Stitching his way to survival, bits by bits

ABU DHABI — Azad Khan, a cobbler complains of shrinking savings day by day due to the skyrocketing cost of living here.



By Anwar Ahmad (A Day in the life of...)

Published: Sat 22 Mar 2008, 8:52 AM

Last updated: Sun 5 Apr 2015, 6:47 PM

coBeing a cobbler, 25-year-old Khan is happy with his profession and says, "I was destined for it as it has become the only source of bread earning for my family."

Khan, who hails from Zhob, a district in Pakistan, around 1,000km from Quetta, is in this profession for the past three years in Abu Dhabi's Electra Street, where he has a small shop, 'Azad Shoes Repair Shop'.

"For a small shop for mending old shoes and polishing them, I am paying an annual rent of Dh25,000," Khan said, who lives with 27 people in a hall "to save some money for his children." Khan has three sons and three daughters.

Everyday, around 25 customers visit his shop to get their shoes repaired. He finds the business good but regrets saving only a little amount of money. He earns Dh200 a day. "I am happy with my job but I feel troubled with the rising prices of edibles and spiralling rents," said Khan.

Khan does everything from stitching, repairing, polishing and selling readymade shoes and sandals which he brings from Dubai.

"Whatever I save is from this little shoe mending handiworks as I earn Dh5-Dh10 on selling one shoe or sandal but its sale is very less," said Khan.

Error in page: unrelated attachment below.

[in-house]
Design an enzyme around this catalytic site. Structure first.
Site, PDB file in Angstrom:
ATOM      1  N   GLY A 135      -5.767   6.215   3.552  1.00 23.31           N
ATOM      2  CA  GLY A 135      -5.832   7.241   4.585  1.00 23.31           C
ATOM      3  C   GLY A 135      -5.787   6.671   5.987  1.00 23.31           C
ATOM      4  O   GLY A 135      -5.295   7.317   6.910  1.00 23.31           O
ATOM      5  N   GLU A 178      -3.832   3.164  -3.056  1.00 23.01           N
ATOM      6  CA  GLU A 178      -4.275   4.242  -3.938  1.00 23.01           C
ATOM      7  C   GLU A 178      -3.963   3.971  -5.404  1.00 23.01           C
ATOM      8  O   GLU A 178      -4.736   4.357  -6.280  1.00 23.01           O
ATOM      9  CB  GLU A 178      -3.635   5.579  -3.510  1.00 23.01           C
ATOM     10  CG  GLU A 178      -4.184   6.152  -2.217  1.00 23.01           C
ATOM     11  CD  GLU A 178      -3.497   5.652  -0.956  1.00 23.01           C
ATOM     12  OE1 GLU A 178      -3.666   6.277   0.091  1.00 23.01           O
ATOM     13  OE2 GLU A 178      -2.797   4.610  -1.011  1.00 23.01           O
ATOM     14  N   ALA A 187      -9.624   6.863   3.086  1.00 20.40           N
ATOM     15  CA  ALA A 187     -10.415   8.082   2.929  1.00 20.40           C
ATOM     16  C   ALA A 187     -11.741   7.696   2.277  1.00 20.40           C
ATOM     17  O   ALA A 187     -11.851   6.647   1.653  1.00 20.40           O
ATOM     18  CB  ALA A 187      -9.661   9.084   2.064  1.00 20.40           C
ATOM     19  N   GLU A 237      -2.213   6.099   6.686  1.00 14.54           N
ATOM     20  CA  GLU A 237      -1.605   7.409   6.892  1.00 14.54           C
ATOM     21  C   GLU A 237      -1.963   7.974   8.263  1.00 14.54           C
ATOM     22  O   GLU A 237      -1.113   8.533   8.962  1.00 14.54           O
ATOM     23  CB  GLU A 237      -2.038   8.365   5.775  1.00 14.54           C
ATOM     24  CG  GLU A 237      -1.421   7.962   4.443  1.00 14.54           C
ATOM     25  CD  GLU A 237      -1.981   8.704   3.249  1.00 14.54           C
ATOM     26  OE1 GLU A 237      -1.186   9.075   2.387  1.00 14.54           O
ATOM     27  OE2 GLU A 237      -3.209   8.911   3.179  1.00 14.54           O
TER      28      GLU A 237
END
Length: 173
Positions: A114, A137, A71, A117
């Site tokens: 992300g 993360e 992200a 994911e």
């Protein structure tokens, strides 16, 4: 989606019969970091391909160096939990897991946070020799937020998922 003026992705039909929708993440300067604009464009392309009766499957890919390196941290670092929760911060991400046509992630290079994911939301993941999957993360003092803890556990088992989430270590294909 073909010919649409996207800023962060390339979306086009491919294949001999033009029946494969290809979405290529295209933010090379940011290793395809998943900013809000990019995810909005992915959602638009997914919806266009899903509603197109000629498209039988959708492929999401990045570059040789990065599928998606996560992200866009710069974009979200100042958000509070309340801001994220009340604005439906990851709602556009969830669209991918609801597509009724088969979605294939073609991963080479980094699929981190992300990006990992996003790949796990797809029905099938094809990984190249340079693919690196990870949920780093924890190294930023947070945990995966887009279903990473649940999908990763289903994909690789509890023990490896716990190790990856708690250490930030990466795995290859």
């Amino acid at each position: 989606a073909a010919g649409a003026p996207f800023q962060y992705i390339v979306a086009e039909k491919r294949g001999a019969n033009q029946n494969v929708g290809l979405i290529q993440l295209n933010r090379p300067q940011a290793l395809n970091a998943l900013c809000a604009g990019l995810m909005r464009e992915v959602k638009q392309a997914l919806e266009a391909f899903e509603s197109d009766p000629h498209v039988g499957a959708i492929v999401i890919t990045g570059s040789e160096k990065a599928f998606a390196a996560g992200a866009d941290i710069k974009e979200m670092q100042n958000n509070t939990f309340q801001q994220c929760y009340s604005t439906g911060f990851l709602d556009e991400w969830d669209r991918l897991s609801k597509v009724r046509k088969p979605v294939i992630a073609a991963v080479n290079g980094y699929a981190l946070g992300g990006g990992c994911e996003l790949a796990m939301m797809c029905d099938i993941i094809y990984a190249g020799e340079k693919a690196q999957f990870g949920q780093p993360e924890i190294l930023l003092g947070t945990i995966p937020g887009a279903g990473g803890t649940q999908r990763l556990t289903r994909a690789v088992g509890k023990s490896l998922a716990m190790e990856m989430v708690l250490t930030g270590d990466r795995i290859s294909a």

In case of piling of works for shoe repair, he seeks help from his nephew, Nematullah.

He opens his shop at 8am and closes in the evening at around 10pm. He only takes rest for few hours in the afternoon.

Khan regrets that all his earnings are being spent out here.

In this modern and hi-tech phase where a mobile phone is supposed to be a part of life, Khan does not own one.

"When I have to speak to my family in Pakistan I borrow my friends' mobile using my credits. Having a mobile is another extra expenditure," Khan said.

"I did not know this work until I came here three years ago. But there was no other work for me to do, so I learnt it and started on a small scale. At home I was into farming," Khan said. "But as of now, I am happy with whatever I am destined for," he concluded.


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